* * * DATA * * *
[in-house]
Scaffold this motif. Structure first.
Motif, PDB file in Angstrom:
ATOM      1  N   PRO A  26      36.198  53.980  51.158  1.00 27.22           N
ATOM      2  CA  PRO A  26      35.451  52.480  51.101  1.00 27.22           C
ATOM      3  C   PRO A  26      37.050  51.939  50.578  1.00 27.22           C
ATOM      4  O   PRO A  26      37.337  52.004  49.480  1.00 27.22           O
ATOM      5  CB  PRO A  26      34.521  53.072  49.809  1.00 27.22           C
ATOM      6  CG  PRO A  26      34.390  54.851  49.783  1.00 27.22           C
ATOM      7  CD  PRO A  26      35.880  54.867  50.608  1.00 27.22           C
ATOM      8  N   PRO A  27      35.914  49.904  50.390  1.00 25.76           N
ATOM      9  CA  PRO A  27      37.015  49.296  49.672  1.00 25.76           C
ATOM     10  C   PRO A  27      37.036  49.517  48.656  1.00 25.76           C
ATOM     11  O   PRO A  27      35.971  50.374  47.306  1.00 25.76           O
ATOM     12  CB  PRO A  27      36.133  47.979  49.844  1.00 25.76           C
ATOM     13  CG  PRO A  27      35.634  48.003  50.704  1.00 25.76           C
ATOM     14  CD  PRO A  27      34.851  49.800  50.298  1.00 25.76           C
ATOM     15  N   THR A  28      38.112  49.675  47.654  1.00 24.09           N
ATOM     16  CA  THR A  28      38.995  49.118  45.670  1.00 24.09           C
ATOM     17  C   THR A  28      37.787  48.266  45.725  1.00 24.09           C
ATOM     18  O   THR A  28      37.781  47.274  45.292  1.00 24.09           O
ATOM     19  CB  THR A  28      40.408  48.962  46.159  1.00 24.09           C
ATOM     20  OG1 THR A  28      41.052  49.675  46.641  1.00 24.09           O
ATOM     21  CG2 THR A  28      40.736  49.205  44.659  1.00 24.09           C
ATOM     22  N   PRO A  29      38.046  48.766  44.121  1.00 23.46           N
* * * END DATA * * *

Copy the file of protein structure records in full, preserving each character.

[in-house]
Scaffold this motif. Structure first.
Motif, PDB file in Angstrom:
ATOM      1  N   PRO A  26      36.198  53.980  51.158  1.00 27.22           N
ATOM      2  CA  PRO A  26      35.451  52.480  51.101  1.00 27.22           C
ATOM      3  C   PRO A  26      37.050  51.939  50.578  1.00 27.22           C
ATOM      4  O   PRO A  26      37.337  52.004  49.480  1.00 27.22           O
ATOM      5  CB  PRO A  26      34.521  53.072  49.809  1.00 27.22           C
ATOM      6  CG  PRO A  26      34.390  54.851  49.783  1.00 27.22           C
ATOM      7  CD  PRO A  26      35.880  54.867  50.608  1.00 27.22           C
ATOM      8  N   PRO A  27      35.914  49.904  50.390  1.00 25.76           N
ATOM      9  CA  PRO A  27      37.015  49.296  49.672  1.00 25.76           C
ATOM     10  C   PRO A  27      37.036  49.517  48.656  1.00 25.76           C
ATOM     11  O   PRO A  27      35.971  50.374  47.306  1.00 25.76           O
ATOM     12  CB  PRO A  27      36.133  47.979  49.844  1.00 25.76           C
ATOM     13  CG  PRO A  27      35.634  48.003  50.704  1.00 25.76           C
ATOM     14  CD  PRO A  27      34.851  49.800  50.298  1.00 25.76           C
ATOM     15  N   THR A  28      38.112  49.675  47.654  1.00 24.09           N
ATOM     16  CA  THR A  28      38.995  49.118  45.670  1.00 24.09           C
ATOM     17  C   THR A  28      37.787  48.266  45.725  1.00 24.09           C
ATOM     18  O   THR A  28      37.781  47.274  45.292  1.00 24.09           O
ATOM     19  CB  THR A  28      40.408  48.962  46.159  1.00 24.09           C
ATOM     20  OG1 THR A  28      41.052  49.675  46.641  1.00 24.09           O
ATOM     21  CG2 THR A  28      40.736  49.205  44.659  1.00 24.09           C
ATOM     22  N   PRO A  29      38.046  48.766  44.121  1.00 23.46           N